Mondaq News Alerts

    In order to receive Mondaq News Alerts, users have to complete a separate registration form. This is a personalised service where users choose regions and topics of interest and we send it only to those users who have requested it. Users can stop receiving these Alerts by going to the Mondaq News Alerts page and deselecting all interest areas. In the same way users can amend their personal preferences to add or remove subject areas.


    A cookie is a small text file written to a user’s hard drive that contains an identifying user number. The cookies do not contain any personal information about users. We use the cookie so users do not have to log in every time they use the service and the cookie will automatically expire if you do not visit the Mondaq website (or its affiliate sites) for 12 months. We also use the cookie to personalise a user's experience of the site (for example to show information specific to a user's region). As the Mondaq sites are fully personalised and cookies are essential to its core technology the site will function unpredictably with browsers that do not support cookies - or where cookies are disabled (in these circumstances we advise you to attempt to locate the information you require elsewhere on the web). However if you are concerned about the presence of a Mondaq cookie on your machine you can also choose to expire the cookie immediately (remove it) by selecting the 'Log Off' menu option as the last thing you do when you use the site.

    Some of our business partners may use cookies on our site (for example, advertisers). However, we have no access to or control over these cookies and we are not aware of any at present that do so.

    Log Files

    We use IP addresses to analyse trends, administer the site, track movement, and gather broad demographic information for aggregate use. IP addresses are not linked to personally identifiable information.


    This web site contains links to other sites. Please be aware that Mondaq (or its affiliate sites) are not responsible for the privacy practices of such other sites. We encourage our users to be aware when they leave our site and to read the privacy statements of these third party sites. This privacy statement applies solely to information collected by this Web site.

    Surveys & Contests

    From time-to-time our site requests information from users via surveys or contests. Participation in these surveys or contests is completely voluntary and the user therefore has a choice whether or not to disclose any information requested. Information requested may include contact information (such as name and delivery address), and demographic information (such as postcode, age level). Contact information will be used to notify the winners and award prizes. Survey information will be used for purposes of monitoring or improving the functionality of the site.


    If a user elects to use our referral service for informing a friend about our site, we ask them for the friend’s name and email address. Mondaq stores this information and may contact the friend to invite them to register with Mondaq, but they will not be contacted more than once. The friend may contact Mondaq to request the removal of this information from our database.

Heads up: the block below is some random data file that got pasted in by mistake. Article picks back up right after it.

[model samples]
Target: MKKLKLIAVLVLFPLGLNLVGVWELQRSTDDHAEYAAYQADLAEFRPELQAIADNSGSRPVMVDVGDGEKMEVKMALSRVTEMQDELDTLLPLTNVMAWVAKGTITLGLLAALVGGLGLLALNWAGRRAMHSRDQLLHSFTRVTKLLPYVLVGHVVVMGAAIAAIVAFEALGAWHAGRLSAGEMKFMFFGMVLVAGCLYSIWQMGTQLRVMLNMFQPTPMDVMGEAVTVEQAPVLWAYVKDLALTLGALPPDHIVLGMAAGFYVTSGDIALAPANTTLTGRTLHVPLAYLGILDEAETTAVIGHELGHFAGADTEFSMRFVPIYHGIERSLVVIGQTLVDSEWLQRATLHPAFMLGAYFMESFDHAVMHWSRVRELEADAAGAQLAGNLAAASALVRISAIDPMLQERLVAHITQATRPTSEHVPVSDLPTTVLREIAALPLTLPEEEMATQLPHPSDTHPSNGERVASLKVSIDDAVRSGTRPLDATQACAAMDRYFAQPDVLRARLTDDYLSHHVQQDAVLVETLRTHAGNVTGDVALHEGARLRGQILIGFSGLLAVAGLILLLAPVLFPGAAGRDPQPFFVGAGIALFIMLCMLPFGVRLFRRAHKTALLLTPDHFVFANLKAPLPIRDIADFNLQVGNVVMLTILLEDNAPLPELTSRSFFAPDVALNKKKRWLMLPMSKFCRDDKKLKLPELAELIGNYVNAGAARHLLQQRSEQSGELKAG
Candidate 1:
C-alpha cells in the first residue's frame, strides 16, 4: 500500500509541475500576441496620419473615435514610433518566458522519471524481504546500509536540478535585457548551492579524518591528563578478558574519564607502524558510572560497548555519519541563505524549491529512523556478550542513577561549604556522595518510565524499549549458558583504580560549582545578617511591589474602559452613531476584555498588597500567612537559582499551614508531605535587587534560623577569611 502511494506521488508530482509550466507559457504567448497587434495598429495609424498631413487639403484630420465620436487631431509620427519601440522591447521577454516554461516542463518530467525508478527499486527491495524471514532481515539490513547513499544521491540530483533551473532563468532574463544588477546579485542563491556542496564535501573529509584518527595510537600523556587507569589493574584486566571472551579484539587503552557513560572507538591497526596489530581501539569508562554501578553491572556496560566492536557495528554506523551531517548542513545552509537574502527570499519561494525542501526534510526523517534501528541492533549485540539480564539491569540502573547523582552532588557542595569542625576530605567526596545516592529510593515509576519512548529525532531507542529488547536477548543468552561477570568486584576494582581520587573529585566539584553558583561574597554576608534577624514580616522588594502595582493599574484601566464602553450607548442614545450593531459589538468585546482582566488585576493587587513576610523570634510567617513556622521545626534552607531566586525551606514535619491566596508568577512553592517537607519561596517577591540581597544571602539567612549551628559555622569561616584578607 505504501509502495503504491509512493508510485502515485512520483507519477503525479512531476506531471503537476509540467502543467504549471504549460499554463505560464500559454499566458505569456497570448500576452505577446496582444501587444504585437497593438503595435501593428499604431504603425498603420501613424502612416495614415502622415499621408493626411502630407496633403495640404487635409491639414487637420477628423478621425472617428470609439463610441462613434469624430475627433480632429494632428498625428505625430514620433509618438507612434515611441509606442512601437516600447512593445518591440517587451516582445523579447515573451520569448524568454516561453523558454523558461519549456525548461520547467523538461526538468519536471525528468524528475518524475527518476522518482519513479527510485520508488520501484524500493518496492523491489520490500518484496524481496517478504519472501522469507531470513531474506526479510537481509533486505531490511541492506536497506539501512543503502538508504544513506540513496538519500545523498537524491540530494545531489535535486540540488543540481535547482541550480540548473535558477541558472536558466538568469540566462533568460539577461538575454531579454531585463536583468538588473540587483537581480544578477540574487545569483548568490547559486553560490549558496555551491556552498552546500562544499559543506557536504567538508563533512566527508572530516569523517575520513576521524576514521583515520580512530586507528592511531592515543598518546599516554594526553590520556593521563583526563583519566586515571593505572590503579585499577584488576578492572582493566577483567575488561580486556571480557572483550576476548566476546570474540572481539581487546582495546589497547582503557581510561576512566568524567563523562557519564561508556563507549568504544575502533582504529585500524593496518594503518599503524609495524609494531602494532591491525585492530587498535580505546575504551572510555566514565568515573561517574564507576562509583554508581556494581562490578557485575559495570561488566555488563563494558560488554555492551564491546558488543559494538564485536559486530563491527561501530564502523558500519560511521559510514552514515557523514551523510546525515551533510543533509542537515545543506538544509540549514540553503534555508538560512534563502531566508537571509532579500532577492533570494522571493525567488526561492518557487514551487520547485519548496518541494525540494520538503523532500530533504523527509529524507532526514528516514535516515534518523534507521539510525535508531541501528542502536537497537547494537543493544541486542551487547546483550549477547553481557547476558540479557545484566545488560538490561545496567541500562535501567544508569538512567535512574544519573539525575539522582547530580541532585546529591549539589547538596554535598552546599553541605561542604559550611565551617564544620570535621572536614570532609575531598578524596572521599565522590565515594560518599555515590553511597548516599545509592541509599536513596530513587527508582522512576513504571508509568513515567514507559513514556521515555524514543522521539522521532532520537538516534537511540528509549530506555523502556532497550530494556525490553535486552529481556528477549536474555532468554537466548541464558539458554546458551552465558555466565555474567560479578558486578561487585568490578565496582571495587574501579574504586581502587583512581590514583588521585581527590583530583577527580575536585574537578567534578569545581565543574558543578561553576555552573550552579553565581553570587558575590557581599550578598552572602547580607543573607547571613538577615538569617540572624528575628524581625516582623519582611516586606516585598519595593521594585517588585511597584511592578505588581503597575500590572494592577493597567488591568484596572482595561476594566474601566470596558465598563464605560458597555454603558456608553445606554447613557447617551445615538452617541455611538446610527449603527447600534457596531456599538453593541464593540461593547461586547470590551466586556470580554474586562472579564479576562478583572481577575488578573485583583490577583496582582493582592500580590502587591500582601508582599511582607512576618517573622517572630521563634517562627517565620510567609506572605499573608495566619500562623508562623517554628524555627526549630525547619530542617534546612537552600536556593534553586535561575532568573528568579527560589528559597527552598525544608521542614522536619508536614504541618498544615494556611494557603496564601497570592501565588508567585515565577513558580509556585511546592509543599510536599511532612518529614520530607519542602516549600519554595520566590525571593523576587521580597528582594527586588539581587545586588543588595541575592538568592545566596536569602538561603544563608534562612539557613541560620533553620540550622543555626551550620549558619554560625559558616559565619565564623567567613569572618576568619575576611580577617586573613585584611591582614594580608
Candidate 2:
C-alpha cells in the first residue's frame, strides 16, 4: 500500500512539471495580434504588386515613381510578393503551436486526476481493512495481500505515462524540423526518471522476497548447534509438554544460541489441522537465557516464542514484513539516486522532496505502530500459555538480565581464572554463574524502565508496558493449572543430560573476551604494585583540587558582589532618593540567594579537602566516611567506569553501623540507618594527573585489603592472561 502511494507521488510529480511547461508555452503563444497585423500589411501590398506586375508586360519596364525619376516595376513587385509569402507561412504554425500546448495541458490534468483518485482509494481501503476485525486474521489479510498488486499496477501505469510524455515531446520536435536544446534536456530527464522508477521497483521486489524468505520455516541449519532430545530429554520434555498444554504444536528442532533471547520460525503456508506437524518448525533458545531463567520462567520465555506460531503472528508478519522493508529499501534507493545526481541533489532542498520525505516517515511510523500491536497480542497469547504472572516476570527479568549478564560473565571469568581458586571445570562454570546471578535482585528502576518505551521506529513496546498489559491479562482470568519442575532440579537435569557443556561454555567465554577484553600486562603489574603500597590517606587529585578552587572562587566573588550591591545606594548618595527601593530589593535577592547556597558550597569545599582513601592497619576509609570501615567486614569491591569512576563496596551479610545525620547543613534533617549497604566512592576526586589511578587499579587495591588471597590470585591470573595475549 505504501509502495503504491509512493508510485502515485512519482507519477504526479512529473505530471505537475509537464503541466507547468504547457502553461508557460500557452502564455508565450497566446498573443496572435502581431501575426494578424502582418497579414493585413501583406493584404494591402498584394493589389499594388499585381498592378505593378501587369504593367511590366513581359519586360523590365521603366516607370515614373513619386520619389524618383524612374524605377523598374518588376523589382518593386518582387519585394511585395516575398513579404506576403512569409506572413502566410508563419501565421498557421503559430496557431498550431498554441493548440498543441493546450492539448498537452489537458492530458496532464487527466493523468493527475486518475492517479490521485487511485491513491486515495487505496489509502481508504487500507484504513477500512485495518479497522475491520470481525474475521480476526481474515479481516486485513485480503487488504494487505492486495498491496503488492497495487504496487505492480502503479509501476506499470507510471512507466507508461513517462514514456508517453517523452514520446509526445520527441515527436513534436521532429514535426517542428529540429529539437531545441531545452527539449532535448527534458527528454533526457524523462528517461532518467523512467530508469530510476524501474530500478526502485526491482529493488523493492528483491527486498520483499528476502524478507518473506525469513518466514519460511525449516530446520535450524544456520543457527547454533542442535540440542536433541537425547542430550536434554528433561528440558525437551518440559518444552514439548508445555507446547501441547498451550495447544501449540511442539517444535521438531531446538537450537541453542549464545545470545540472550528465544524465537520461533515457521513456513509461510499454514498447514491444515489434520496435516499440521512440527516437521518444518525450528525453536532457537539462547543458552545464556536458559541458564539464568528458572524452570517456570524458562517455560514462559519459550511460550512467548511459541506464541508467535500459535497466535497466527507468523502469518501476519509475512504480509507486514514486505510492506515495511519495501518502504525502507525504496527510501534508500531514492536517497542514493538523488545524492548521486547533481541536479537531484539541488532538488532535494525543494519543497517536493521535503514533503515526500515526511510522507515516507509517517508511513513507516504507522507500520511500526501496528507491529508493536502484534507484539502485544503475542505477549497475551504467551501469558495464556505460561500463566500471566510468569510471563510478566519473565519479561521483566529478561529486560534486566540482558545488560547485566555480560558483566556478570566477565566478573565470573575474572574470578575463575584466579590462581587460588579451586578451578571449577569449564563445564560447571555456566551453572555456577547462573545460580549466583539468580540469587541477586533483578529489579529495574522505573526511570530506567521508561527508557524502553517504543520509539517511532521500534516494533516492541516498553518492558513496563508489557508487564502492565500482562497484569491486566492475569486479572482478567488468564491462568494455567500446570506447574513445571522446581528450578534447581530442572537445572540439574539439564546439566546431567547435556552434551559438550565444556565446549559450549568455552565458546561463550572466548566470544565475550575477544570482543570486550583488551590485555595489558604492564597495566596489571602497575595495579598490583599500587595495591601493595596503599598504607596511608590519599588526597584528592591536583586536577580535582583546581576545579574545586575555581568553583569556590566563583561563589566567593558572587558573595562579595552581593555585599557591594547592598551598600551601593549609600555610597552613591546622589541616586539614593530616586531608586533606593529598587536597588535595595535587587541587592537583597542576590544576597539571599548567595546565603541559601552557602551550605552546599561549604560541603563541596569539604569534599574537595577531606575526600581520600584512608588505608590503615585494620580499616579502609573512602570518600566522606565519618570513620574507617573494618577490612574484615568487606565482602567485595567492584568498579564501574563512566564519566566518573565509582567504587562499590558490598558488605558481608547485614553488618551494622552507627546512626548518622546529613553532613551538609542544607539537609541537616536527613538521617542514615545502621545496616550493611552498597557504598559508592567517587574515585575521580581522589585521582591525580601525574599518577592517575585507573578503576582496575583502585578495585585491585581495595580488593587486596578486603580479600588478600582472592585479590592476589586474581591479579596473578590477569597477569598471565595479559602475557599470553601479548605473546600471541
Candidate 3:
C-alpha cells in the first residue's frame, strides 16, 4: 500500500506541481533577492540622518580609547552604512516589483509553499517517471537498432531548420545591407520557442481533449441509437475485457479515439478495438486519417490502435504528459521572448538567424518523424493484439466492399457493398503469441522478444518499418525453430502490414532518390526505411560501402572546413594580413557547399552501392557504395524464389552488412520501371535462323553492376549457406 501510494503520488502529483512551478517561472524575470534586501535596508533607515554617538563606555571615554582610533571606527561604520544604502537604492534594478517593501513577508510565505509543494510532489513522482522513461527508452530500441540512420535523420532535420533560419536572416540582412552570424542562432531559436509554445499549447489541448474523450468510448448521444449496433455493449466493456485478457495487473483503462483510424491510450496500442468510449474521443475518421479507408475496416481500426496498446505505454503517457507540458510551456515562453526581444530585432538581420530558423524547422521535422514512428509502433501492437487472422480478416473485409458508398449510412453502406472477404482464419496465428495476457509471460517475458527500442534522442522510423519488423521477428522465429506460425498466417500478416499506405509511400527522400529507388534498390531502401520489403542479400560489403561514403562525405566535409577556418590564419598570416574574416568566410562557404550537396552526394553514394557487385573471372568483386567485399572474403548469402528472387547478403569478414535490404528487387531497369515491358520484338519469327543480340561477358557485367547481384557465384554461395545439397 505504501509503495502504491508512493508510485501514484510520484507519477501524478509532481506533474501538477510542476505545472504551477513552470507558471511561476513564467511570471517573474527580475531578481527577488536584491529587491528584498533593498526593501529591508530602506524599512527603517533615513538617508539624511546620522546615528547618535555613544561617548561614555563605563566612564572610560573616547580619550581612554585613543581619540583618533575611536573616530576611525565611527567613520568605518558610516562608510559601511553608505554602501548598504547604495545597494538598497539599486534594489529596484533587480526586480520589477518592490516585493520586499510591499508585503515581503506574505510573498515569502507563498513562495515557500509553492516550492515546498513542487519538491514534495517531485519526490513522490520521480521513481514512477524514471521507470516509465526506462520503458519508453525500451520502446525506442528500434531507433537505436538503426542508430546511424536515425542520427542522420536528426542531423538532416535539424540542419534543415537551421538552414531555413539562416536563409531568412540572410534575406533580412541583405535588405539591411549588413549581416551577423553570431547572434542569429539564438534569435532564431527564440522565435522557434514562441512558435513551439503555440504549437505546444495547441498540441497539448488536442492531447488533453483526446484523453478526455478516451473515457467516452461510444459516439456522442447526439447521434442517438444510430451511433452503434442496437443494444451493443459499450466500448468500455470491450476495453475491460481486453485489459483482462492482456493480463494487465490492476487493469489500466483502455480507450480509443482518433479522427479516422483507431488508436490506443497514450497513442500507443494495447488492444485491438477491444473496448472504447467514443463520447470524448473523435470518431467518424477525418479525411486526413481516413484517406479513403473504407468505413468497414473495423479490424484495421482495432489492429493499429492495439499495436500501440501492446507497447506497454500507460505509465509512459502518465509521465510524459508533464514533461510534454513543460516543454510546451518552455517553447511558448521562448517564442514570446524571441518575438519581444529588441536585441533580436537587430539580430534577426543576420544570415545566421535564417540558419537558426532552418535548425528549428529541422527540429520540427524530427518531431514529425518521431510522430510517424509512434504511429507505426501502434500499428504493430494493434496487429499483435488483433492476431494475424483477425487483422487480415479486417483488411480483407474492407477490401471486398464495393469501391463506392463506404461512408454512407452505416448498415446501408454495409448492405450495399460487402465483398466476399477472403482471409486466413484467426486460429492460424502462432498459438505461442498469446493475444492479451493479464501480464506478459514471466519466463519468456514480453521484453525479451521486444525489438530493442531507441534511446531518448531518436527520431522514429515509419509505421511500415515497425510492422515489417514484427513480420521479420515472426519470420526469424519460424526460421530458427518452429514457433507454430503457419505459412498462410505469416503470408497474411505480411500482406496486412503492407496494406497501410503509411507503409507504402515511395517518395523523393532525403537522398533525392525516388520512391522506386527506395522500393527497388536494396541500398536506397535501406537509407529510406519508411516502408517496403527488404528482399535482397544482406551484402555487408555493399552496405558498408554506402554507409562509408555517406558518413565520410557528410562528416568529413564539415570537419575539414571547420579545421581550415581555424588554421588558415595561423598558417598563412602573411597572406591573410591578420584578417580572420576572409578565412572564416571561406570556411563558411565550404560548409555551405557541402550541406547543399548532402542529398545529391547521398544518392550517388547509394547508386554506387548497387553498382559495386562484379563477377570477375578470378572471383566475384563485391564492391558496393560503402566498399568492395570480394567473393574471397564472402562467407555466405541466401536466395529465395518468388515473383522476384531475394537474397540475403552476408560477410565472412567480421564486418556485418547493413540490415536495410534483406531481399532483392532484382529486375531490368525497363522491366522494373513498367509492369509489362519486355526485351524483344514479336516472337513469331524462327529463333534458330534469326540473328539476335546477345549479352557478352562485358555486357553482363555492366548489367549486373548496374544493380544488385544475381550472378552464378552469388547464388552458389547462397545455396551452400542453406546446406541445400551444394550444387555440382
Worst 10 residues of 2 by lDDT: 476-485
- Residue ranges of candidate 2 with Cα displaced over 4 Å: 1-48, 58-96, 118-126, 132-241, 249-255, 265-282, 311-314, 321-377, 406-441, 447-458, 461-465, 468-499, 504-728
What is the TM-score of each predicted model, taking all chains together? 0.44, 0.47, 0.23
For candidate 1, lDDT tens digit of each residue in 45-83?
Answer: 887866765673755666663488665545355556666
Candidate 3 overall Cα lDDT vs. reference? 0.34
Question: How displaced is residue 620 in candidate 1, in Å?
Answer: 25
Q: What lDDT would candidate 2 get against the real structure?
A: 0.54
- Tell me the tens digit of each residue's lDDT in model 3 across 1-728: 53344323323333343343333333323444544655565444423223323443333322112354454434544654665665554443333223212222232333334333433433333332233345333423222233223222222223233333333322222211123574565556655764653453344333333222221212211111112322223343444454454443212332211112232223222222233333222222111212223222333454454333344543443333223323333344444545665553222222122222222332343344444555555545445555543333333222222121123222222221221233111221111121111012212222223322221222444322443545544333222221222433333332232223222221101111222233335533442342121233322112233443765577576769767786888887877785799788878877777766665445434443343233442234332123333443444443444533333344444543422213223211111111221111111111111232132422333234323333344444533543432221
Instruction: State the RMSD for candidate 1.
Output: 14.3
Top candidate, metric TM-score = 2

From time to time Mondaq may send you emails promoting Mondaq services including new services. You may opt out of receiving such emails by clicking below.

    *** If you do not wish to receive any future announcements of services offered by Mondaq you may opt out by clicking here .


    This website takes every reasonable precaution to protect our users’ information. When users submit sensitive information via the website, your information is protected using firewalls and other security technology. If you have any questions about the security at our website, you can send an email to webmaster@mondaq.com.

    Correcting/Updating Personal Information

    If a user’s personally identifiable information changes (such as postcode), or if a user no longer desires our service, we will endeavour to provide a way to correct, update or remove that user’s personal data provided to us. This can usually be done at the “Your Profile” page or by sending an email to EditorialAdvisor@mondaq.com.

    Notification of Changes

    If we decide to change our Terms & Conditions or Privacy Policy, we will post those changes on our site so our users are always aware of what information we collect, how we use it, and under what circumstances, if any, we disclose it. If at any point we decide to use personally identifiable information in a manner different from that stated at the time it was collected, we will notify users by way of an email. Users will have a choice as to whether or not we use their information in this different manner. We will use information in accordance with the privacy policy under which the information was collected.

    How to contact Mondaq

    You can contact us with comments or queries at enquiries@mondaq.com.

    If for some reason you believe Mondaq Ltd. has not adhered to these principles, please notify us by e-mail at problems@mondaq.com and we will use commercially reasonable efforts to determine and correct the problem promptly.

    By clicking Register you state you have read and agree to our Terms and Conditions